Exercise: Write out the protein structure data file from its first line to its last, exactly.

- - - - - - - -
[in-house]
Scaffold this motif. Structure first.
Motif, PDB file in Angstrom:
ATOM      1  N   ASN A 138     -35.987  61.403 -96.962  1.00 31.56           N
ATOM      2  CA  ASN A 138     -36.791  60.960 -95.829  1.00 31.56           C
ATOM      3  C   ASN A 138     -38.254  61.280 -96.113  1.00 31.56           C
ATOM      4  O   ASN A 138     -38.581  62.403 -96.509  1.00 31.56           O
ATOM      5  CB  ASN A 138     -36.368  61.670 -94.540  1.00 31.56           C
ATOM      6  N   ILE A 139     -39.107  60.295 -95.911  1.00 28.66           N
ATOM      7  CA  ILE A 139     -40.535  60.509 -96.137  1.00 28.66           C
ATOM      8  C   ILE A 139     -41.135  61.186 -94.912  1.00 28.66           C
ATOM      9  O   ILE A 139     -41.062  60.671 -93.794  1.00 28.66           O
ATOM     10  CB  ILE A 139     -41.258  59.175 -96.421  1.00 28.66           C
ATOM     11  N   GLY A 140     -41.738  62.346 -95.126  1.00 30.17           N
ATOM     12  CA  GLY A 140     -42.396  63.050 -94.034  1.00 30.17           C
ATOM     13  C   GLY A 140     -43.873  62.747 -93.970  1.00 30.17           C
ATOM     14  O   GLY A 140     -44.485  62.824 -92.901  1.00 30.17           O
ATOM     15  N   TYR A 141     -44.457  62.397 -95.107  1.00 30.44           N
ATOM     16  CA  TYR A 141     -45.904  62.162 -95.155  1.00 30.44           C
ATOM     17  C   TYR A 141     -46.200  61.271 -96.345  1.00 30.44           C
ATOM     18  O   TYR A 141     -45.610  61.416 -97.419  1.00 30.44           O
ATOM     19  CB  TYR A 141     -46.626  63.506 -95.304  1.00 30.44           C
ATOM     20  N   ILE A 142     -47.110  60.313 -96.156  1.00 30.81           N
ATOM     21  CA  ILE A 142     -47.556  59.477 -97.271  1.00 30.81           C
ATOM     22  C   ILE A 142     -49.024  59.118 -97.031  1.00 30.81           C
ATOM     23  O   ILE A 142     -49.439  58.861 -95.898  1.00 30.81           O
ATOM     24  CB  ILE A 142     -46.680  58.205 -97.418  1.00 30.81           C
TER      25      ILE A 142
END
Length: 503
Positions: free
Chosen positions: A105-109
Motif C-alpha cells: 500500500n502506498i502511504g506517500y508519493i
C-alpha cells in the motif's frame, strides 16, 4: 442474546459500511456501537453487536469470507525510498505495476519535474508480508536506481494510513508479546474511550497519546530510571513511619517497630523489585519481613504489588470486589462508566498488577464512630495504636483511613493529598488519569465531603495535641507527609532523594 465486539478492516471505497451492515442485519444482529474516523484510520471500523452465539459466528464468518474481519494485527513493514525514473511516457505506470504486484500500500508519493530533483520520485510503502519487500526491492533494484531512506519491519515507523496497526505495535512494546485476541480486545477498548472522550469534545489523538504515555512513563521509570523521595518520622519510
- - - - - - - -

[in-house]
Scaffold this motif. Structure first.
Motif, PDB file in Angstrom:
ATOM      1  N   ASN A 138     -35.987  61.403 -96.962  1.00 31.56           N
ATOM      2  CA  ASN A 138     -36.791  60.960 -95.829  1.00 31.56           C
ATOM      3  C   ASN A 138     -38.254  61.280 -96.113  1.00 31.56           C
ATOM      4  O   ASN A 138     -38.581  62.403 -96.509  1.00 31.56           O
ATOM      5  CB  ASN A 138     -36.368  61.670 -94.540  1.00 31.56           C
ATOM      6  N   ILE A 139     -39.107  60.295 -95.911  1.00 28.66           N
ATOM      7  CA  ILE A 139     -40.535  60.509 -96.137  1.00 28.66           C
ATOM      8  C   ILE A 139     -41.135  61.186 -94.912  1.00 28.66           C
ATOM      9  O   ILE A 139     -41.062  60.671 -93.794  1.00 28.66           O
ATOM     10  CB  ILE A 139     -41.258  59.175 -96.421  1.00 28.66           C
ATOM     11  N   GLY A 140     -41.738  62.346 -95.126  1.00 30.17           N
ATOM     12  CA  GLY A 140     -42.396  63.050 -94.034  1.00 30.17           C
ATOM     13  C   GLY A 140     -43.873  62.747 -93.970  1.00 30.17           C
ATOM     14  O   GLY A 140     -44.485  62.824 -92.901  1.00 30.17           O
ATOM     15  N   TYR A 141     -44.457  62.397 -95.107  1.00 30.44           N
ATOM     16  CA  TYR A 141     -45.904  62.162 -95.155  1.00 30.44           C
ATOM     17  C   TYR A 141     -46.200  61.271 -96.345  1.00 30.44           C
ATOM     18  O   TYR A 141     -45.610  61.416 -97.419  1.00 30.44           O
ATOM     19  CB  TYR A 141     -46.626  63.506 -95.304  1.00 30.44           C
ATOM     20  N   ILE A 142     -47.110  60.313 -96.156  1.00 30.81           N
ATOM     21  CA  ILE A 142     -47.556  59.477 -97.271  1.00 30.81           C
ATOM     22  C   ILE A 142     -49.024  59.118 -97.031  1.00 30.81           C
ATOM     23  O   ILE A 142     -49.439  58.861 -95.898  1.00 30.81           O
ATOM     24  CB  ILE A 142     -46.680  58.205 -97.418  1.00 30.81           C
TER      25      ILE A 142
END
Length: 503
Positions: free
Chosen positions: A105-109
Motif C-alpha cells: 500500500n502506498i502511504g506517500y508519493i
C-alpha cells in the motif's frame, strides 16, 4: 442474546459500511456501537453487536469470507525510498505495476519535474508480508536506481494510513508479546474511550497519546530510571513511619517497630523489585519481613504489588470486589462508566498488577464512630495504636483511613493529598488519569465531603495535641507527609532523594 465486539478492516471505497451492515442485519444482529474516523484510520471500523452465539459466528464468518474481519494485527513493514525514473511516457505506470504486484500500500508519493530533483520520485510503502519487500526491492533494484531512506519491519515507523496497526505495535512494546485476541480486545477498548472522550469534545489523538504515555512513563521509570523521595518520622519510